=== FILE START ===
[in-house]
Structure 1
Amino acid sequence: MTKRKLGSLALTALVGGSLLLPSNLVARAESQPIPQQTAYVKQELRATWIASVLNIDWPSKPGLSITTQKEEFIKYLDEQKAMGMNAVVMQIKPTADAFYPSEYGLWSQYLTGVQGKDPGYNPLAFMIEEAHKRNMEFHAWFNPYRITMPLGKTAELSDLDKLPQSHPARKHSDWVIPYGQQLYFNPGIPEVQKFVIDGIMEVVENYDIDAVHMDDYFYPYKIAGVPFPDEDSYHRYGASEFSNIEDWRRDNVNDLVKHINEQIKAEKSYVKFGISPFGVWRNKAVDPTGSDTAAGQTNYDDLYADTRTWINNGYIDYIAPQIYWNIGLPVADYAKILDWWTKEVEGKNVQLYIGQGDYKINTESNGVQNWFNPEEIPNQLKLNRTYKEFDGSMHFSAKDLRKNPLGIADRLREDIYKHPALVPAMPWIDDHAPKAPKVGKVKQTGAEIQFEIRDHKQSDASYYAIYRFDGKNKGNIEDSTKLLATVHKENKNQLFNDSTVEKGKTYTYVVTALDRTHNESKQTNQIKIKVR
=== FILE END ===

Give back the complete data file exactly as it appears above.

[in-house]
Structure 1
Amino acid sequence: MTKRKLGSLALTALVGGSLLLPSNLVARAESQPIPQQTAYVKQELRATWIASVLNIDWPSKPGLSITTQKEEFIKYLDEQKAMGMNAVVMQIKPTADAFYPSEYGLWSQYLTGVQGKDPGYNPLAFMIEEAHKRNMEFHAWFNPYRITMPLGKTAELSDLDKLPQSHPARKHSDWVIPYGQQLYFNPGIPEVQKFVIDGIMEVVENYDIDAVHMDDYFYPYKIAGVPFPDEDSYHRYGASEFSNIEDWRRDNVNDLVKHINEQIKAEKSYVKFGISPFGVWRNKAVDPTGSDTAAGQTNYDDLYADTRTWINNGYIDYIAPQIYWNIGLPVADYAKILDWWTKEVEGKNVQLYIGQGDYKINTESNGVQNWFNPEEIPNQLKLNRTYKEFDGSMHFSAKDLRKNPLGIADRLREDIYKHPALVPAMPWIDDHAPKAPKVGKVKQTGAEIQFEIRDHKQSDASYYAIYRFDGKNKGNIEDSTKLLATVHKENKNQLFNDSTVEKGKTYTYVVTALDRTHNESKQTNQIKIKVR